“I think we took a really good first trick. It plays really well and I think we’re having as much fun as we did in VR,” says Booth. “Because your friends really matter. That’s, especially in this day and age where it’s a bit difficult to meet up in person or to travel to meet up around a tabletop game like this… I think that’s really valuable no matter the platform.”
For now, we have a moment for online co-op play. There’s Back 4 Blood, The Anacrusis, Arkane’s upcoming Redfall… Booth said he’s also played a lot of Deep Rock Galactic (“Rock and Stone, Brother!”), which he believes “hit the Left 4 Dead’s sweet spot has” with a great story, cool environment and interesting creatures. I asked what game he would have liked to work on, but he didn’t, and the first thing that came to mind was Minecraft. “One day “I really want to make a game that’s so procedural that I don’t know what’s going to happen when I play it. Minecraft isn’t that game, but it’s like… that direction.”
I suggested this might be a trending round. It’s tempting to point to the pandemic as a reason people want more socially distanced online co-op gaming, but Booth said he thinks the recent pandemic has just accelerated something that’s already happening. People these days spend most of their lives online and spend a lot of time in online communities in a variety of ways. It’s a trend he believes will continue; It was only made worse by people’s inability to be physically with each other in recent years.
“You know, we’ve talked about some of my previous titles, some of which were 12 years ago,” he says. “Now we have gigabit broadband internet connections to each other. The things we can do now are crazy. It’s just wonderful, technologically speaking. I think people say, ‘Well, why can’t we do this? let us do that?’ And the answer is: It’s complicated. It’s hard.” He pointed all the way back to people having team deathmatch sessions in Doom and Quake, and that this is a gateway to today’s online multiplayer — but people want more, and there will be more games to play with Provide structures in which players can experience their own adventure.
But, he says, it’s a mental shift for developers: “Game designers have to think like this and make things replayable. For example, I just played The Last Of Us 2, which was absolutely glorious and beautiful in every way. This was a beautifully crafted linear narrative. But I think for what we’re talking about here, you need to do things that are more procedural and repeatable, so you have a destination that people keep coming back to, like a hangout. I think there will be more and more demand for these types of games in the future.”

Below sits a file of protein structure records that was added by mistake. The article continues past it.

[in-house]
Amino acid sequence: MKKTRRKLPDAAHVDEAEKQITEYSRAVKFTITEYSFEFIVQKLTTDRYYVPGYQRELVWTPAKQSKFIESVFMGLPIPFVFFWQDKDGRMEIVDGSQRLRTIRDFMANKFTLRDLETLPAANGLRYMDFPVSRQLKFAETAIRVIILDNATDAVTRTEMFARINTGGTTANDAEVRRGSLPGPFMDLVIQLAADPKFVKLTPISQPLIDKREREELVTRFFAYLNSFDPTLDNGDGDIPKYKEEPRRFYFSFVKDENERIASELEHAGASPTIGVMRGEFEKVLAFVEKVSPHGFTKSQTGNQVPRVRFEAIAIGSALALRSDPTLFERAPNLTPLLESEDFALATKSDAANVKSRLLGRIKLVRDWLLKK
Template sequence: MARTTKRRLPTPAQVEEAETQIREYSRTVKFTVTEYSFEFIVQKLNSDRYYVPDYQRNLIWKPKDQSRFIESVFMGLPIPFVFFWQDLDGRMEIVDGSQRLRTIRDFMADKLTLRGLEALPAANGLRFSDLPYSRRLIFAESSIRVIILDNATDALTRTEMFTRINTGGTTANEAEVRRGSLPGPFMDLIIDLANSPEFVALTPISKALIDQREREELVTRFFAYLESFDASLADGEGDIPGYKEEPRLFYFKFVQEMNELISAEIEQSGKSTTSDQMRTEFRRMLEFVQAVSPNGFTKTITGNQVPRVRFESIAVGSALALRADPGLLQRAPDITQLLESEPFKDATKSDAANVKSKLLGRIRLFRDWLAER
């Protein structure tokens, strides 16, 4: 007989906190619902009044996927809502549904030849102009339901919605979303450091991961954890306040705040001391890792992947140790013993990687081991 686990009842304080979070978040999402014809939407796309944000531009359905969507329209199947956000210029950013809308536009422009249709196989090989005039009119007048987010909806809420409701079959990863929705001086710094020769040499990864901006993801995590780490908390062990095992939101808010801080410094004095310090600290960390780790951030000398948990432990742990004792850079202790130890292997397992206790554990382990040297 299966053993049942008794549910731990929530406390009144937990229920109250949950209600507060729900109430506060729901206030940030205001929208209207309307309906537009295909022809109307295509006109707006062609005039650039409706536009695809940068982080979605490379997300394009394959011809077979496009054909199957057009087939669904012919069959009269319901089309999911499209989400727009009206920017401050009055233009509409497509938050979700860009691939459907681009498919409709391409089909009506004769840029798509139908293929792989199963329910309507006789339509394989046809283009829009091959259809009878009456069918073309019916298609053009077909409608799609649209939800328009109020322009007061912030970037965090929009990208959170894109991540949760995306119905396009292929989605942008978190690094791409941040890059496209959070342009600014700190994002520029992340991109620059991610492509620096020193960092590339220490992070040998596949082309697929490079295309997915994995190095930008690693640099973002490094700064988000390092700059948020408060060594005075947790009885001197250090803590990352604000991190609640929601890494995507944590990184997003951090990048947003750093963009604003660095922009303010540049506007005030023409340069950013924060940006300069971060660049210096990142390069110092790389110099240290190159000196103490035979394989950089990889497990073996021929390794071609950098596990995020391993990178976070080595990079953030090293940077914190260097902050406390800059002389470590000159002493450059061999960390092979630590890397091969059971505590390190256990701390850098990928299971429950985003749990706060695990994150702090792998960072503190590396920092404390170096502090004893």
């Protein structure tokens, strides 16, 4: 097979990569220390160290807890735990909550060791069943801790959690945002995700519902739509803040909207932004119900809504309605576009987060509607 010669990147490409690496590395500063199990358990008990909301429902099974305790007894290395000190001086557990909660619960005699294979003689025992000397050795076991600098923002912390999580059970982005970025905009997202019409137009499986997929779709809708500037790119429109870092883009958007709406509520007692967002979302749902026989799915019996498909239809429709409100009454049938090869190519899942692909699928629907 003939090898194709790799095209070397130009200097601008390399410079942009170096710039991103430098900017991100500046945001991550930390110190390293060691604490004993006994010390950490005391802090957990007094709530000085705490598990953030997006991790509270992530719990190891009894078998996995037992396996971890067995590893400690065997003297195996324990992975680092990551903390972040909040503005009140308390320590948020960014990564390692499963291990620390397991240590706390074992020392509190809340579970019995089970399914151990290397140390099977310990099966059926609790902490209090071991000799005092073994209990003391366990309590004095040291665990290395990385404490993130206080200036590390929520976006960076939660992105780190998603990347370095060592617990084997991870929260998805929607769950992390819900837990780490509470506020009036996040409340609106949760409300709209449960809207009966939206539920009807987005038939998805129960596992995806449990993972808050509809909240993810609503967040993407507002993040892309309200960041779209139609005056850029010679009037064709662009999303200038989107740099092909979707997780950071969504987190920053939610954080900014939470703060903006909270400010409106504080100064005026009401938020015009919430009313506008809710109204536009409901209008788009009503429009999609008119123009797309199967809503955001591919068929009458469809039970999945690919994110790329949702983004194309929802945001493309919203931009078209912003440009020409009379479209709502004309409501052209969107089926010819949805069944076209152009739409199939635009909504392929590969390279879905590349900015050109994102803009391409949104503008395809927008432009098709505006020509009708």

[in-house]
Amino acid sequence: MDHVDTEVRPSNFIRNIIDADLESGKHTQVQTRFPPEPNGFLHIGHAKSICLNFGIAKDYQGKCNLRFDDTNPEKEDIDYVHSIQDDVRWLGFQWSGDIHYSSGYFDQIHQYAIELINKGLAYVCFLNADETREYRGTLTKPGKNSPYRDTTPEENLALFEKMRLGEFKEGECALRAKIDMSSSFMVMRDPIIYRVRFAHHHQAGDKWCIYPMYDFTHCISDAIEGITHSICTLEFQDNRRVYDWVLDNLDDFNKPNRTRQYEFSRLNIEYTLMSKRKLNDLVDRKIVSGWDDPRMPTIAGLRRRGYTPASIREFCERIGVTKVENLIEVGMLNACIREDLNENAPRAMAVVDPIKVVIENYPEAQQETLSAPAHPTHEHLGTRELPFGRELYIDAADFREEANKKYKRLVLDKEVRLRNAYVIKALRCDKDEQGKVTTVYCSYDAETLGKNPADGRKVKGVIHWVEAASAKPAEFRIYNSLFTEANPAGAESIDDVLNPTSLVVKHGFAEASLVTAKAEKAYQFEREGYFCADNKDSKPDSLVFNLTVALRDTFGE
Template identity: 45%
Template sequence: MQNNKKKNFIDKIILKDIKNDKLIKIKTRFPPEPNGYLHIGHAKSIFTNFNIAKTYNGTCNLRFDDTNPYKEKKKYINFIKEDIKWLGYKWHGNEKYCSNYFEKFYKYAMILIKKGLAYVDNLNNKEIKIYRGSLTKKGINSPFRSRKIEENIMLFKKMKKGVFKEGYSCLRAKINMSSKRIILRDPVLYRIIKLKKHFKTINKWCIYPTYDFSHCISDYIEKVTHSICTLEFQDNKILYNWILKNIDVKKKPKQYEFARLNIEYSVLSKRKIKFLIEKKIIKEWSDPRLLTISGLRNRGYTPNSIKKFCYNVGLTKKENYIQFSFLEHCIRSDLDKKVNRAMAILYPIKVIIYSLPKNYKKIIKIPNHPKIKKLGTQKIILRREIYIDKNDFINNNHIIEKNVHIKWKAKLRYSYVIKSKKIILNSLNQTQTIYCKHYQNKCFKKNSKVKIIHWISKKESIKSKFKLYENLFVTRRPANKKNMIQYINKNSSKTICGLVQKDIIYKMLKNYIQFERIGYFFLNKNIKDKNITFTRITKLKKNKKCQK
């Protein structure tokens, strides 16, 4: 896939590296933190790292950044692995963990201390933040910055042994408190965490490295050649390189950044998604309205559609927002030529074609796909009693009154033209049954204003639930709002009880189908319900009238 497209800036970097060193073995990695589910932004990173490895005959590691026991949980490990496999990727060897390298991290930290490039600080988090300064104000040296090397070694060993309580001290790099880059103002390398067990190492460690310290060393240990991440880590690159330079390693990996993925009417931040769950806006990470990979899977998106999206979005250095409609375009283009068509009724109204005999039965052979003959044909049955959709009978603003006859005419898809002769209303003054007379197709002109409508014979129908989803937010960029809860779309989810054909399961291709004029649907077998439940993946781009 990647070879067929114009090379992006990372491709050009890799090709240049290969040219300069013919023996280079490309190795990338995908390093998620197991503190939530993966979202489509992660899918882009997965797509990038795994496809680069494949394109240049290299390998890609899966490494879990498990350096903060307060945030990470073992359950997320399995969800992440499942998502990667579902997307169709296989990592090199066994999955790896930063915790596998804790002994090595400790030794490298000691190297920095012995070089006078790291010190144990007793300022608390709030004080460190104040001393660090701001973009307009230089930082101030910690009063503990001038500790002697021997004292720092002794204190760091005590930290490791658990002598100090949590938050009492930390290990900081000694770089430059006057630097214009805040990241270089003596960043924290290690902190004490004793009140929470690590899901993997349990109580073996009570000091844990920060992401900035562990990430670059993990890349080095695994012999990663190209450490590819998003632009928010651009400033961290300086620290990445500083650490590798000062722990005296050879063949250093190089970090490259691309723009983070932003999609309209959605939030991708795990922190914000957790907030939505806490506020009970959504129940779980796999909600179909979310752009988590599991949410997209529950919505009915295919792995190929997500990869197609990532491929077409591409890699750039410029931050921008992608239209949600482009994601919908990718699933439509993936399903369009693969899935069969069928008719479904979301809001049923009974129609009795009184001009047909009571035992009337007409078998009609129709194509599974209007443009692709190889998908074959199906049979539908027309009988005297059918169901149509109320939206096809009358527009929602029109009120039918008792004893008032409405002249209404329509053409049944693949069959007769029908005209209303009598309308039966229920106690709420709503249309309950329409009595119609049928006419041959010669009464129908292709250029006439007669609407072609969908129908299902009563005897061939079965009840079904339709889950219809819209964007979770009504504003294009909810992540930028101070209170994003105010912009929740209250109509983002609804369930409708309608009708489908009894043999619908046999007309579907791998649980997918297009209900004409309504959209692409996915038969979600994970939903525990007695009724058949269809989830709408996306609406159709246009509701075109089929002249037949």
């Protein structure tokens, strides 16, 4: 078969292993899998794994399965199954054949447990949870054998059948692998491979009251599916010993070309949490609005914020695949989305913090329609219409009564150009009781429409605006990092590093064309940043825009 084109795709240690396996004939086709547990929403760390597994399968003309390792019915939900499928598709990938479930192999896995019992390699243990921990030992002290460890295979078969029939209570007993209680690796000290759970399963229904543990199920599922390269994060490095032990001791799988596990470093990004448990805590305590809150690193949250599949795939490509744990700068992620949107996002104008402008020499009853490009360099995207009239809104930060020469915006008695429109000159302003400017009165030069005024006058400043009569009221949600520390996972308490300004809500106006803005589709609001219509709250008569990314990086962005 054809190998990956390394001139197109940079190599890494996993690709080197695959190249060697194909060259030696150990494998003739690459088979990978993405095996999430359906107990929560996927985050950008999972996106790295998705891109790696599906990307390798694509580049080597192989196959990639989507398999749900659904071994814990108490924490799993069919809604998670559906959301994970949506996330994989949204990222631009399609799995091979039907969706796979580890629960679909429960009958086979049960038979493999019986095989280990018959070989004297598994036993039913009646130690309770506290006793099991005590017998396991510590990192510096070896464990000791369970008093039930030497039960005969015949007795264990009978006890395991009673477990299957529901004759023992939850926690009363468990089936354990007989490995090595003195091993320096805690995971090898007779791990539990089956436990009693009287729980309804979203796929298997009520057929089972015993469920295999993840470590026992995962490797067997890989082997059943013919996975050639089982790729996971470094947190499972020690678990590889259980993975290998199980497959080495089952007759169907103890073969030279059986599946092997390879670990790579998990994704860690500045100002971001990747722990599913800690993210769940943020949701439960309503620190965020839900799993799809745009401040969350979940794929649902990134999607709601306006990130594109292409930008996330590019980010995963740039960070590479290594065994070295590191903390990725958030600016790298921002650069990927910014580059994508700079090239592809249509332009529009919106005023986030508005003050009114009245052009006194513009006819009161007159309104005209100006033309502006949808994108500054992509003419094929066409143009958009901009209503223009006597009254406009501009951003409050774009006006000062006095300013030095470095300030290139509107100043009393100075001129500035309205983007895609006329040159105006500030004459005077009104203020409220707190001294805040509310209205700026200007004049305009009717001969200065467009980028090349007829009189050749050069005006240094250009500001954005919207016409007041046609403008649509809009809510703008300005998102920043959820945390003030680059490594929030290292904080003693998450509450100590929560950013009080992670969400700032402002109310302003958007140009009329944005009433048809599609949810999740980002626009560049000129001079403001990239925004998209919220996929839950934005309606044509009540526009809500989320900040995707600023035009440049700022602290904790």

“There just aren’t enough co-op games out there yet. There is still not enough.”
I asked Booth if he thinks what people expect from co-op games has changed over the years. “You know, my gut reaction to that is no! There just weren’t enough good examples to play them,” he says. “I think the challenge is that it’s difficult to make a co-op game. It’s hard to make a good co-op game. Because you have to build the game from the start, assuming that it’s co-op that you have to work together to win the game, and not in a punitive way the way players want it, and it feels great, is a fundamentally different way of thinking and designing a game around it,” he explains. “And there’s just not enough. There’s still not enough.
“I’m going to keep pushing this stuff. I’ll continue to build co-op experiences,” he says. “Because there is nothing more powerful than going on an exciting adventure with crazy intense moments with your friends! And everyone’s like, ‘Oh my god, I can’t believe you did that!’ or, “Dude, what, you opened that door, we agreed not to do that!” All these things happen and you get these great stories, and that’s the most valuable thing to me.”